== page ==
I was a student at Le Moyne College in Syracuse, NY, when Fr. Daniel Berrigan taught there. Although I never had him for class, I remember sitting with other students gathered around him in the cafeteria asking questions and listening to his thoughts on topics of the day. As mentioned in the NY Times article after his death this week, he was very popular with the students.
At Le Moyne College in Syracuse, where he was a popular professor of New Testament studies from 1957 to 1963, Father Berrigan formed friendships with his students that other faculty members disapproved of, inculcating in them his ideas about pacifism and civil rights. (One student, David Miller, became the first draft-card burner to be convicted under a 1965 law.)
Our generation was criticized as being too complacent and out of touch with the menace of both communism and the American military adventures around the world. Ironically, it was on college campuses all over the country where the most vocal and violent protests would erupt just a few short years after my graduation in 196l.
I didn’t think much about Fr. Berrigan again until I opened a fundraising letter asking for donations for an orphanage in Vietnam a few years later. I was living on an Air Force Base where my husband was stationed. Recognizing Fr. Berrigan’s name on the list of those asking for aid, I donated to the cause. What I did not know was that the orphanage was for children in what was then called North Vietnam, our enemy in that conflict. I’m sure that, if there had been the kind of electronic spying on us that the NSA has today, my husband would have gotten in trouble for aiding the enemy. Luckily, that didn’t happen. Frankly, I didn’t have an opinion one way or the other about the war at that time. My husband was in the medical wing, and we just wanted to serve our time and get out.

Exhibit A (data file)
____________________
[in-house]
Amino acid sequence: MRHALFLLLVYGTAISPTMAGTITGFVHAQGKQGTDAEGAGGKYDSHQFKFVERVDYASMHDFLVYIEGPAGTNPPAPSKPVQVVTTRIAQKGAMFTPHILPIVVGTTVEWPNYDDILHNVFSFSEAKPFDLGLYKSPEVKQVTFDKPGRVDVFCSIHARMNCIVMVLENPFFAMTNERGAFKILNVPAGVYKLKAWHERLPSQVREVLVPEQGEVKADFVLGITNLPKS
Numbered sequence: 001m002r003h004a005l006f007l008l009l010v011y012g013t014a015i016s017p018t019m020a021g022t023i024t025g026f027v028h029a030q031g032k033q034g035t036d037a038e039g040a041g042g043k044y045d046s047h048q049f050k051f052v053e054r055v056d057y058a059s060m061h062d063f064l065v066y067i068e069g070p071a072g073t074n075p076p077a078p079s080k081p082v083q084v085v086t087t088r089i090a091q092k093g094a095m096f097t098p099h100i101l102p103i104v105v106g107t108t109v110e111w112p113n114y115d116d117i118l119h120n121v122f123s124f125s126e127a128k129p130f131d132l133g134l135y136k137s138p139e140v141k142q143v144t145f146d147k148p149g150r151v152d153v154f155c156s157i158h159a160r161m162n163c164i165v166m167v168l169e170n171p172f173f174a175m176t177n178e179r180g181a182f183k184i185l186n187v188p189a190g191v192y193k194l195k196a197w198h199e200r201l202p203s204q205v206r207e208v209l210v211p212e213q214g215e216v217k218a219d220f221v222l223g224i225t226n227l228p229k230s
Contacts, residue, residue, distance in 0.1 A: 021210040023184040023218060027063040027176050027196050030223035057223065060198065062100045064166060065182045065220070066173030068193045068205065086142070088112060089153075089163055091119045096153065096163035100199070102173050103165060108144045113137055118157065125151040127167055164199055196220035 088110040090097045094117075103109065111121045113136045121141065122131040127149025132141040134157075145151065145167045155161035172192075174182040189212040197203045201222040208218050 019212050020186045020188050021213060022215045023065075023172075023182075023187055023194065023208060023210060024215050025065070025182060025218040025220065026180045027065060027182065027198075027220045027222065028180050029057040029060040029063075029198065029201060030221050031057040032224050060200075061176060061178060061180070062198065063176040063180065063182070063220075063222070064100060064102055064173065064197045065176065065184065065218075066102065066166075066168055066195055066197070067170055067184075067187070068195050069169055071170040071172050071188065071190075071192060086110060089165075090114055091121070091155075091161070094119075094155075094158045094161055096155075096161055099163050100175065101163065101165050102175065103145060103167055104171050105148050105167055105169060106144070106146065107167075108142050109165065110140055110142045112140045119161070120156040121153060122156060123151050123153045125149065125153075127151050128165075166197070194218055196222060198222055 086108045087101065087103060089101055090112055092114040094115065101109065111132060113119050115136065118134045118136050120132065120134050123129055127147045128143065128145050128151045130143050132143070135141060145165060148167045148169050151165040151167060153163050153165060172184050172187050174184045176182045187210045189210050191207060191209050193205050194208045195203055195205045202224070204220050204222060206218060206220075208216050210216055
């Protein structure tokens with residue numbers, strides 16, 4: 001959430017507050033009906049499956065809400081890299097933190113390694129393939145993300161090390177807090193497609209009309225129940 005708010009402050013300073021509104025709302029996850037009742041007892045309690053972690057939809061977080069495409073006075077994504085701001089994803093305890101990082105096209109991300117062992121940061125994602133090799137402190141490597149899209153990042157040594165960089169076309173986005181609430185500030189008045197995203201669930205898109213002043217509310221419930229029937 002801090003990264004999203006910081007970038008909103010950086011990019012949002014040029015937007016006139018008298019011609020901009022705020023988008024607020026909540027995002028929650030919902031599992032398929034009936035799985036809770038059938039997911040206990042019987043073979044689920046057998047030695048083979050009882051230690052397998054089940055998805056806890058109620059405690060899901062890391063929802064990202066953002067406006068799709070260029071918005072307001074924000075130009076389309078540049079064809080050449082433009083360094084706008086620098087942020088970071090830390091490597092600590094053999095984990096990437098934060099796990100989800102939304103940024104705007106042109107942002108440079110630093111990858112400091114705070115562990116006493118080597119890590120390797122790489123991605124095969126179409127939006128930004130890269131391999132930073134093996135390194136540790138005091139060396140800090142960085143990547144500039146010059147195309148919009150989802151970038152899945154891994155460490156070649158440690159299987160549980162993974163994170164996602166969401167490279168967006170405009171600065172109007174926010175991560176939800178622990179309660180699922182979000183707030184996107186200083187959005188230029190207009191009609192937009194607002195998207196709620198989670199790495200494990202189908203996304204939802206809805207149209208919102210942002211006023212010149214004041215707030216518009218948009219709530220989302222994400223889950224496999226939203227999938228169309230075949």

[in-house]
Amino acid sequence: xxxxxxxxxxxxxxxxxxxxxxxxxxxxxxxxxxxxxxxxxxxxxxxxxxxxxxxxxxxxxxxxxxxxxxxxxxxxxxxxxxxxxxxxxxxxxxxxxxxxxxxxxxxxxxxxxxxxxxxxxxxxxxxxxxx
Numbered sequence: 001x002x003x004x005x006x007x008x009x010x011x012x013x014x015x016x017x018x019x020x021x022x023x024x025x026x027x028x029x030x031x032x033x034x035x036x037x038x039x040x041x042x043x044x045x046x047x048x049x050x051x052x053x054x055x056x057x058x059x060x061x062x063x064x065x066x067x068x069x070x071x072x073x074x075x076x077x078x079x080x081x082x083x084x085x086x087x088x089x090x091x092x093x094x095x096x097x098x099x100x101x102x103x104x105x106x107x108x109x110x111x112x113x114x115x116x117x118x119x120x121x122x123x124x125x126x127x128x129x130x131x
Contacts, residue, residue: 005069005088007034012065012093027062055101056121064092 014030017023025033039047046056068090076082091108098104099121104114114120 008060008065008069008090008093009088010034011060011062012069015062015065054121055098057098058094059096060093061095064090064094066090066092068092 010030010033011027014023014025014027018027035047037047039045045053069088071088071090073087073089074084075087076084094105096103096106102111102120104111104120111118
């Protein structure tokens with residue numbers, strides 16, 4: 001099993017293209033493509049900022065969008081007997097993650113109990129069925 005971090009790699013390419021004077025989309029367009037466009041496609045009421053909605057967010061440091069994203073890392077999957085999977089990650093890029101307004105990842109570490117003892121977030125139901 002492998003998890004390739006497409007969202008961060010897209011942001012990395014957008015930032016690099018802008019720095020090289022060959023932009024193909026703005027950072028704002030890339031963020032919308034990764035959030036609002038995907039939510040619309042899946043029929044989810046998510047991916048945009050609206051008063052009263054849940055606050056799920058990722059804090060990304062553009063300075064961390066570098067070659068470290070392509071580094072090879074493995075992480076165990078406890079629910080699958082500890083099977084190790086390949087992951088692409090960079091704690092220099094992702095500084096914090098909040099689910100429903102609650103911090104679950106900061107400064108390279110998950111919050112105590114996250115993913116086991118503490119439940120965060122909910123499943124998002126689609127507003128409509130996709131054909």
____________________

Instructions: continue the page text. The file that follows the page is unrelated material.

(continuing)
Decades later, after studying international relations, US foreign policy and taking a peace studies class at Illinois State U, I received another request for a donation. This time it was to establish a Fr. Daniel Berrigan Peace Academy at Lemoyne College. I gladly donated to that cause.
I wish I had just a tiny bit of Fr. Berrigan’s tenacity. As recently as 2008, he joined the Occupy Wall Street protesters in Zucotti Park. From the Times article:
While he was known for his wry wit, there was a darkness in much of what Father Berrigan wrote and said, the burden of which was that one had to keep trying to do the right thing regardless of the near certainty that it would make no difference. In the withering of the pacifist movement and the country’s general support for the fighting in Iraq and Afghanistan, he saw proof that it was folly to expect lasting results.
What an exceptional human being. I’m glad he lived long enough to see a Jesuit become Pope, and not just any Jesuit, but one who preaches what Fr. Berrigan exemplified during his long trial here among us.